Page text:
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Video-calling tech could help lonely parrots flock together

Video-calling tech could help lonely parrots flock together
Credit: University of Glasgow

A new study which helped pet parrots make video calls to each other suggests that the birds may have benefited from making new feathered friends over the internet.

Animal-computer interaction specialists at universities in Scotland and America are behind the research, which is set to be presented as a paper at the ACM Conference on Human Factors in Computing Systems in Germany on Monday April 24.

The findings are drawn from more than 1,000 hours of video observations of 18 pet ' behavior over the course of the three-month study. The birds learned how to call each other with the support of their human caretakers, who also took careful notes on their pets' experiences.

During the study—the first of its kind to offer animals the means to contact each other whenever they chose to—the parrots engaged more regularly in like preening, singing and play. Parrots who made the most calls also received more calls, suggesting that the study helped the birds become more social. Their caretakers, drawn from volunteers in the U.S., also reported improved bonding with their pets.

The study was developed by a transatlantic team of researchers who have already separately investigated the potential of technology to enrich the lives of animals in zoos and at home. That research has included DogPhone, a study which allowed a pet dog to shake a ball to video-call their owner and JoyBranch, an interactive device to let zoo animals play music in their enclosure. They have also developed tablet interaction games and speechboard devices for parrots.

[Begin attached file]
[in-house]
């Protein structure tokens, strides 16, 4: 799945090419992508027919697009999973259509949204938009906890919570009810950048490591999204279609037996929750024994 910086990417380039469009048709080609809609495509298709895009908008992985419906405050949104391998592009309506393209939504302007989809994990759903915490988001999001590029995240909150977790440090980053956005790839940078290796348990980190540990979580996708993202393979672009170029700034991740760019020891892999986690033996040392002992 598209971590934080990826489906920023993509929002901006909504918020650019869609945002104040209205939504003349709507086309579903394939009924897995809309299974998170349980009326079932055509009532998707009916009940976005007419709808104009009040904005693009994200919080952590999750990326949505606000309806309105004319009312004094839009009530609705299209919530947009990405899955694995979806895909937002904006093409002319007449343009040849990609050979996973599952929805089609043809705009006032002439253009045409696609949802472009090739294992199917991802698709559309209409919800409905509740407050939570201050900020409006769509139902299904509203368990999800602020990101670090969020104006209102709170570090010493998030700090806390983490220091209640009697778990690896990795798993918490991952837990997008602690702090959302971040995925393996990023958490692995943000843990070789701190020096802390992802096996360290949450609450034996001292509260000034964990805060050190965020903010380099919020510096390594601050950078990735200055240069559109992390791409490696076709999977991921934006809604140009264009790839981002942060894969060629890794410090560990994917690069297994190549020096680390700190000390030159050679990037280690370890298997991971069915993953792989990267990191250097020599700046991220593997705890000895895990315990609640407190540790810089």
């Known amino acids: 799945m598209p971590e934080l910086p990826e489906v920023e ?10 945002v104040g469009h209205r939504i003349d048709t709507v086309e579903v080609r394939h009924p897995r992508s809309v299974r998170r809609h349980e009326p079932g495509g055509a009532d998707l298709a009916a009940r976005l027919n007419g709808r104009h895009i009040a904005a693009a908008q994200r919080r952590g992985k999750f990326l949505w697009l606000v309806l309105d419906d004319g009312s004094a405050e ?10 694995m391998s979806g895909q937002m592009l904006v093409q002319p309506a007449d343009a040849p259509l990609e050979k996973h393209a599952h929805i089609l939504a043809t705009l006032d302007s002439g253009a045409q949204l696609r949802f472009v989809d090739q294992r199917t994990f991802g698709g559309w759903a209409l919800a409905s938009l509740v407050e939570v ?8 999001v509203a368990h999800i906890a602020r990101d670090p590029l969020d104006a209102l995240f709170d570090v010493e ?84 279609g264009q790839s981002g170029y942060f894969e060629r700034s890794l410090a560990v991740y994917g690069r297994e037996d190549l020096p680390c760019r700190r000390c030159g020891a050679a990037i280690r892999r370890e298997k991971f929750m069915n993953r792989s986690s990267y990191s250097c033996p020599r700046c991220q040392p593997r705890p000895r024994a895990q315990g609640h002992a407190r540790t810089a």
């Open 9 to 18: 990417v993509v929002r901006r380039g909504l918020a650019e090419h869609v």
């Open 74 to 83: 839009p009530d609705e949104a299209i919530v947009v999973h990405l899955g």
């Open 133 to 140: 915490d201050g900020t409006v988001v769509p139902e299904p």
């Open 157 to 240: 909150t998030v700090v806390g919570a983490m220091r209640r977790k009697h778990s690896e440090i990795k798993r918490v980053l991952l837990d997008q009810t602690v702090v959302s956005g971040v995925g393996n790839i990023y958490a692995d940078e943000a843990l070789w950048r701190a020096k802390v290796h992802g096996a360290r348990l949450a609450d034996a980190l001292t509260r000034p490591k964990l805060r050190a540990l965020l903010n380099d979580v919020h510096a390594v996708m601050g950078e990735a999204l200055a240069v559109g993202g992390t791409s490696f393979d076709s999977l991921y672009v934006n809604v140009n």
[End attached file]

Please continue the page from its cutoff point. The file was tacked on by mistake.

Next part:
The researchers collaborated to investigate whether pet parrots—intelligent, highly social birds—could learn to make and receive at their own will to help mitigate domestic isolation, and whether they would choose to do so once they understood the process.

In the wild, many species of parrots live in large flocks, but in captivity, they tend to be kept on their own or in small groups. Isolation and boredom can cause birds to develop psychological problems, which can manifest as rocking, excessive pacing, or self-harming behaviors like feather-plucking.

Pet parrots are also often affected by transmissible diseases, including a terminal wasting disease called avian ganglioneuritis which affects more than 40% of the population in the U.S. That can make it challenging for parrot caregivers to meet safely in-person with their birds, denying opportunities to lessen avian isolation.

Dr. Ilyena Hirskyj-Douglas, from the University of Glasgow's School of Computing Science, is one of the authors of the paper. She said, "Video-calling technology helped a lot of people through the early days of the COVID pandemic where self-isolation was vital to slowing the spread of the virus.

"There are 20 million parrots living in people's homes in the U.S., and we wanted to explore whether those birds might benefit from video-calling too. If we gave them the opportunity to call other parrots, would they choose to do so, and would the experience benefit the parrots and their caregivers?"

To design the study, the researchers first consulted with experts on the feasibility of using screens to socially link birds. That was followed by an initial pilot study with four birds which returned results suggesting the idea might have wings.

Following that, the team recruited volunteers from users of Parrot Kindergarten, an online coaching and educational program for parrots and their owners, for a more in-depth research project. The team's study took the birds through two distinct stages. Firstly, over two weeks and with the help of their caretakers, the birds learned to ring a bell and then touch a photo of another bird on the screen of a tablet device to trigger a call to that bird. Calls would only work when caregivers were able to assist at both ends.